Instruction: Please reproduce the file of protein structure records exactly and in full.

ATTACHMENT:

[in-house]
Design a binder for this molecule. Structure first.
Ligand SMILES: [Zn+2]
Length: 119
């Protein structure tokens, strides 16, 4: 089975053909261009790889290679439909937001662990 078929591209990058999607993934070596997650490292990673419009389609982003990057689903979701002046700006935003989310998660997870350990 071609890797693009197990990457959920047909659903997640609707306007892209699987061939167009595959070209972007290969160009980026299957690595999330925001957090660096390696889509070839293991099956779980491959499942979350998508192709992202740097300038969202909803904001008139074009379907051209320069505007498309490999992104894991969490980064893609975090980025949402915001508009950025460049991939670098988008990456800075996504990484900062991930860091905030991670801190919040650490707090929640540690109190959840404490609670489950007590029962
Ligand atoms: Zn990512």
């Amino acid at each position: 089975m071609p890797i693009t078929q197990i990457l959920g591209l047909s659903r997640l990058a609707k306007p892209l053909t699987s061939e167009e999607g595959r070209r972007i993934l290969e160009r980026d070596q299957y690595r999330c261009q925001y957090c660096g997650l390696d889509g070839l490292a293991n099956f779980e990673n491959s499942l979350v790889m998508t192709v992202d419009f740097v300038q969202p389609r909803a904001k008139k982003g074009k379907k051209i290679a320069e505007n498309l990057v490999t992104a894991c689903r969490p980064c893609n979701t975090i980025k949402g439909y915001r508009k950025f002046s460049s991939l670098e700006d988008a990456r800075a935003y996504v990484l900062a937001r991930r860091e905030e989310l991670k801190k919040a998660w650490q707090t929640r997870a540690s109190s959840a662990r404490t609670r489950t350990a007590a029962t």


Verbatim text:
[in-house]
Design a binder for this molecule. Structure first.
Ligand SMILES: [Zn+2]
Length: 119
């Protein structure tokens, strides 16, 4: 089975053909261009790889290679439909937001662990 078929591209990058999607993934070596997650490292990673419009389609982003990057689903979701002046700006935003989310998660997870350990 071609890797693009197990990457959920047909659903997640609707306007892209699987061939167009595959070209972007290969160009980026299957690595999330925001957090660096390696889509070839293991099956779980491959499942979350998508192709992202740097300038969202909803904001008139074009379907051209320069505007498309490999992104894991969490980064893609975090980025949402915001508009950025460049991939670098988008990456800075996504990484900062991930860091905030991670801190919040650490707090929640540690109190959840404490609670489950007590029962
Ligand atoms: Zn990512």
């Amino acid at each position: 089975m071609p890797i693009t078929q197990i990457l959920g591209l047909s659903r997640l990058a609707k306007p892209l053909t699987s061939e167009e999607g595959r070209r972007i993934l290969e160009r980026d070596q299957y690595r999330c261009q925001y957090c660096g997650l390696d889509g070839l490292a293991n099956f779980e990673n491959s499942l979350v790889m998508t192709v992202d419009f740097v300038q969202p389609r909803a904001k008139k982003g074009k379907k051209i290679a320069e505007n498309l990057v490999t992104a894991c689903r969490p980064c893609n979701t975090i980025k949402g439909y915001r508009k950025f002046s460049s991939l670098e700006d988008a990456r800075a935003y996504v990484l900062a937001r991930r860091e905030e989310l991670k801190k919040a998660w650490q707090t929640r997870a540690s109190s959840a662990r404490t609670r489950t350990a007590a029962t």